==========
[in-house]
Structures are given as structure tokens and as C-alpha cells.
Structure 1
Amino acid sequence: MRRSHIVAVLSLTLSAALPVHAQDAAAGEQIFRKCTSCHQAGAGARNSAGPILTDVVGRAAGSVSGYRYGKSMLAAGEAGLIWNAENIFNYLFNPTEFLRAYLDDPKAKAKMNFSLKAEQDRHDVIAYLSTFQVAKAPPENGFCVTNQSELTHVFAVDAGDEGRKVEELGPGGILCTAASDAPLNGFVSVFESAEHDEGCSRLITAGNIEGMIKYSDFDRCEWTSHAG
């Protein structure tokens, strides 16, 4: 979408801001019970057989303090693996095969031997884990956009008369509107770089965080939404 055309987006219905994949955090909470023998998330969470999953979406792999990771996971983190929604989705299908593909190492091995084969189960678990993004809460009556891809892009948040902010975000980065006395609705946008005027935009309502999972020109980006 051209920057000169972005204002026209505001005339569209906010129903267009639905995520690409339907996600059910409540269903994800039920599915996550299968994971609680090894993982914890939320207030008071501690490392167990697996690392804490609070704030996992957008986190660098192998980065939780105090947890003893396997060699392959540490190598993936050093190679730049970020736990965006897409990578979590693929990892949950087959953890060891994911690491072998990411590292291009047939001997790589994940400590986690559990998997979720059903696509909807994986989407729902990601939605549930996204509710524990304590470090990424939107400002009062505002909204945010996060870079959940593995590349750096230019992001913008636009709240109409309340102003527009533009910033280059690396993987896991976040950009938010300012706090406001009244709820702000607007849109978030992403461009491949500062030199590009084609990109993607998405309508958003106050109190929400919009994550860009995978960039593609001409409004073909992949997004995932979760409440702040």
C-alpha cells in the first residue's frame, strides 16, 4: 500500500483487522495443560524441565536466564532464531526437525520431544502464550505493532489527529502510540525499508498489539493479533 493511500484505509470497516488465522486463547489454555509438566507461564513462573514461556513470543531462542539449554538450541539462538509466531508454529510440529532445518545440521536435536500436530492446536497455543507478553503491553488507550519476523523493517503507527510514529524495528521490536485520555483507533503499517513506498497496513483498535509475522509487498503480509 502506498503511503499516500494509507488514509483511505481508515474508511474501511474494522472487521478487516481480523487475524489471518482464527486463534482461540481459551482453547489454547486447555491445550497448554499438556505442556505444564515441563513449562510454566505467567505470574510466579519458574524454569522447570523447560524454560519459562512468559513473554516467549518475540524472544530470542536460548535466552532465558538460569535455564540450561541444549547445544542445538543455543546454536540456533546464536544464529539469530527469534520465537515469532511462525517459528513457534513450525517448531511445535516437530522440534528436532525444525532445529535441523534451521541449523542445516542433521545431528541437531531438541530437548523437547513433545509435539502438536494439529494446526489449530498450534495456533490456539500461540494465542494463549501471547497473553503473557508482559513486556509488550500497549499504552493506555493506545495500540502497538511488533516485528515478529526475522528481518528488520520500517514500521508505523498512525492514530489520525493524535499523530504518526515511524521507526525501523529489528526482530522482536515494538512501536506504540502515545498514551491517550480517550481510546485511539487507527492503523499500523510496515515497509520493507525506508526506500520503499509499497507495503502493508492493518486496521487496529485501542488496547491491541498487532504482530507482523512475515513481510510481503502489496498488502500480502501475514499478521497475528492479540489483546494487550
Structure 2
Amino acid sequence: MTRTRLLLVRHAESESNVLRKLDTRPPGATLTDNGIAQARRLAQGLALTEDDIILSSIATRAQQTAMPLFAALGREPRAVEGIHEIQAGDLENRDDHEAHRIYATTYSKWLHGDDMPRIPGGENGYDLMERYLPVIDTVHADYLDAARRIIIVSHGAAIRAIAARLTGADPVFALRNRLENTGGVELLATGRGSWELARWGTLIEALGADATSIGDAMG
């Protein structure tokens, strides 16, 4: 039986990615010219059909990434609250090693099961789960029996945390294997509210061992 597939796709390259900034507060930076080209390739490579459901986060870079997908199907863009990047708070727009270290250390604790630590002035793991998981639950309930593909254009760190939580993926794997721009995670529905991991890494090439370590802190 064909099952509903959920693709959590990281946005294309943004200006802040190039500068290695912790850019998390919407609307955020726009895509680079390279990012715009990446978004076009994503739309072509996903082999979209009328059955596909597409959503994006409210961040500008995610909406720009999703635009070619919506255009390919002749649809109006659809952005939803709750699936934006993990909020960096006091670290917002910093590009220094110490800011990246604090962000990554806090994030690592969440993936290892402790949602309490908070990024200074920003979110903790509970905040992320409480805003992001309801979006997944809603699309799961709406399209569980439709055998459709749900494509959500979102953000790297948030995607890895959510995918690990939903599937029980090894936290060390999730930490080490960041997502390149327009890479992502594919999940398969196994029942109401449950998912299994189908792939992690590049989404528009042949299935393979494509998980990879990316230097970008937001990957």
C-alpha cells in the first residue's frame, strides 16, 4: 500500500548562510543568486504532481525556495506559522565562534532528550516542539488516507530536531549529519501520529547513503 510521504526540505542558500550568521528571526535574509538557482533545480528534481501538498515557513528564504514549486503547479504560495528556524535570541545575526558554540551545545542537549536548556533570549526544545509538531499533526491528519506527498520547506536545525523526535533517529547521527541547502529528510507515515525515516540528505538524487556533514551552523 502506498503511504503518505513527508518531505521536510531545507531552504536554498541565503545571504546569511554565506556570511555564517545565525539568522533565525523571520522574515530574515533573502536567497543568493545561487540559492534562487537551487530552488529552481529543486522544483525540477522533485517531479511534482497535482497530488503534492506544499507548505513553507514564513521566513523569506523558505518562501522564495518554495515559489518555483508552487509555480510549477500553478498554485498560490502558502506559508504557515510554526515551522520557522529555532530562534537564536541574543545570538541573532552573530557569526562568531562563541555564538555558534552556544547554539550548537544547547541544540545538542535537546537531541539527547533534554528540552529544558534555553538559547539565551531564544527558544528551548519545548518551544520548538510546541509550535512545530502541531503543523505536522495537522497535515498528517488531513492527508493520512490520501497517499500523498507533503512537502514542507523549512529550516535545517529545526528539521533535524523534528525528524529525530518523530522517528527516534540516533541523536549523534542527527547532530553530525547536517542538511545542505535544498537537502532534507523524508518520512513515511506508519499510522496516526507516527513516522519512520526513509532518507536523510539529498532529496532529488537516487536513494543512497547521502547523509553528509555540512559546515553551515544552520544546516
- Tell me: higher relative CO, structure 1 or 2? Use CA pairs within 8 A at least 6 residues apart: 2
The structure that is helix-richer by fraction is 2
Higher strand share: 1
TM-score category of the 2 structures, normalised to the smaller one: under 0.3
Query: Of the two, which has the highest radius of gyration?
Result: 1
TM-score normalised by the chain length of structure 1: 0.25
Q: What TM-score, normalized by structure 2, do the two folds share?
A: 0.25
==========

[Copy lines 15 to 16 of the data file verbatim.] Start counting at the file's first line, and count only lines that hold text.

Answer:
Query: Of the two, which has the highest radius of gyration?
Result: 1